I had a coffee with a good friend recently.
We usually meet once every two months and try and set the world straight.
We always cover various topics, such as out of body experiences, astral projection, consciousness, the self, fear… and Trump.
I brought up the issue of asking why, no doubt because of a previous post on this blog, whereby I spoke about how, whilst playing with a magnetic alphabet, my student, a young boy, looked at me and said “There is no Y.”
I understood the Y as “why” and I had a good laugh to myself, all the while the small Taiwanese boy was looking at me as if to say, “Foreigners are weird.”
My friend, whilst sipping his mocha-latte, hit upon something interesting:
“Every time I think I’ve got it sussed out – my purpose for being here, that is – something happens out of the blue, which makes me go back to the drawing board.”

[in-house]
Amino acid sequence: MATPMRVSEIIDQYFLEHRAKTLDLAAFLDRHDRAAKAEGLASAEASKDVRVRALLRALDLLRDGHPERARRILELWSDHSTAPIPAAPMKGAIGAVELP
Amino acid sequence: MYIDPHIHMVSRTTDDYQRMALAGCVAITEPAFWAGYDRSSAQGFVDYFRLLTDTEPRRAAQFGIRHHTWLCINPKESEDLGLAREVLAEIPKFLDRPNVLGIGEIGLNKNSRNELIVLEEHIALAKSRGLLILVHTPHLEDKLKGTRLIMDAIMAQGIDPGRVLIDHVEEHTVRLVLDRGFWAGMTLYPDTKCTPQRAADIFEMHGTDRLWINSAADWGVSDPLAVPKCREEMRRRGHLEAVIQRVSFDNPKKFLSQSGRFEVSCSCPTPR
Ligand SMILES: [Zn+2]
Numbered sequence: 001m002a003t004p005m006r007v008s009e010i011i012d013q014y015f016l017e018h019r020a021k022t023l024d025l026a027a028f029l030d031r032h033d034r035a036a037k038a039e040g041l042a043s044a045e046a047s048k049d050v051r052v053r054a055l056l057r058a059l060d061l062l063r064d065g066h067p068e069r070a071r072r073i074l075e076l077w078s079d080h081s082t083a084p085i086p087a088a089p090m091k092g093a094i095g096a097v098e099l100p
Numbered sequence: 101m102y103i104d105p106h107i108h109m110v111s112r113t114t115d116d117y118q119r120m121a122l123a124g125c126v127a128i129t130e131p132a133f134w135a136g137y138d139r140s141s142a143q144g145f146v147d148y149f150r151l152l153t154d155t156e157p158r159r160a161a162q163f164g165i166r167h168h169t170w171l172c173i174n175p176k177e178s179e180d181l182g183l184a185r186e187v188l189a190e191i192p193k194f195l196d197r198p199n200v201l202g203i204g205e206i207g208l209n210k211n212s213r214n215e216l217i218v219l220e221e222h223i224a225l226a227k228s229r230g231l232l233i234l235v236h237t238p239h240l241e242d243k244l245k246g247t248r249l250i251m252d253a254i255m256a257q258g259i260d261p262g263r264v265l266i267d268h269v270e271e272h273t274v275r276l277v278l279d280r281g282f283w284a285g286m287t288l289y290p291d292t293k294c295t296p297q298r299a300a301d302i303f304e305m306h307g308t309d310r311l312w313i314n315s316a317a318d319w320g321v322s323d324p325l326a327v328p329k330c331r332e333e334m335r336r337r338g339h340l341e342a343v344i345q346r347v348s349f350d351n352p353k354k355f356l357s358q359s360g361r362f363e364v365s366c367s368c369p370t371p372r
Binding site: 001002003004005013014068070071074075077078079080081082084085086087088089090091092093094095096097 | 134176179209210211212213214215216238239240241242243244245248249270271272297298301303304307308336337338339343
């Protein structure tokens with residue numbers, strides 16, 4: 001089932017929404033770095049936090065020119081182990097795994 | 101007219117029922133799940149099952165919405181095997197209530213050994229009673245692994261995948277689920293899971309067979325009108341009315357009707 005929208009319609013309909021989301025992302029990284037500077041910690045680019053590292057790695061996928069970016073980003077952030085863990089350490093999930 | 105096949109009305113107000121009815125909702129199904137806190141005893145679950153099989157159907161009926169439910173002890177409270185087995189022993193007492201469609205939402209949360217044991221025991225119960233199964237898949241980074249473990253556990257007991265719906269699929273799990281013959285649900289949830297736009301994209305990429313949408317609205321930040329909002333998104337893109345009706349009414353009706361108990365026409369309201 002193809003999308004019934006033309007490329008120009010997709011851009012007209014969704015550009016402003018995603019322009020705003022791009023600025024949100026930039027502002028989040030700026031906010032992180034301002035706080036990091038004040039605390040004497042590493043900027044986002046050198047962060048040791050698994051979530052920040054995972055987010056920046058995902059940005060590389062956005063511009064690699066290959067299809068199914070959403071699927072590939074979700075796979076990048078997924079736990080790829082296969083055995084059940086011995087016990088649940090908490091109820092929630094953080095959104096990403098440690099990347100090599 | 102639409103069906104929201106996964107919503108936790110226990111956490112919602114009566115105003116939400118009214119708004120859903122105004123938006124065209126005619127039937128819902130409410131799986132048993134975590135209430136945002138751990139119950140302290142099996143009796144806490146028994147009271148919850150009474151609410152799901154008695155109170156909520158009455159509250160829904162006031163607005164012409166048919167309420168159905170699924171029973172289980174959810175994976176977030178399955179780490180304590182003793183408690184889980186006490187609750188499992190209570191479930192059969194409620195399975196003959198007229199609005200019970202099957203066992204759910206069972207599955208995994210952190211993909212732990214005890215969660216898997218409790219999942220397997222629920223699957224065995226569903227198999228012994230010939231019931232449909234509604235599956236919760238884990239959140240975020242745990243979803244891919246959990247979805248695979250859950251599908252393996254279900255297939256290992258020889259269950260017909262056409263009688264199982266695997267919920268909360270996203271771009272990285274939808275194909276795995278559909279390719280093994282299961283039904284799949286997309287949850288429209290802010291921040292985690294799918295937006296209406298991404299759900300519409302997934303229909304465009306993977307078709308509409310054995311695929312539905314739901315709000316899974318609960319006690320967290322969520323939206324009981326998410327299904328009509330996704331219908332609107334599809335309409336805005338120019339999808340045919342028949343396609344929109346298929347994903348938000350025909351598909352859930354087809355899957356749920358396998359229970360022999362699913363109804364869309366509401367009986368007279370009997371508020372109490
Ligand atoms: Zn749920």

I’m not sure about you, but this has happened to me countless times.
Every time I think about “why I’m here” and I think I have the answer, life seems to say,
“Okay, what about now, when I do this?” leaving me looking like I’ve been given an algebra equation to do, whilst standing on my head.
I had completely forgotten about this routine I go through with life.
We loosely concluded, (loosely because we concluded that conclusions never quite conclude anything we want to really bring to a conclusion!) that life enjoys us asking why, because it keeps the dance going, and it loves dropping us hints and clues (feelings and chance encounters, for instance) because life is playful like that.
So asking why is child’s play at its grandest and we should never grow out of it.
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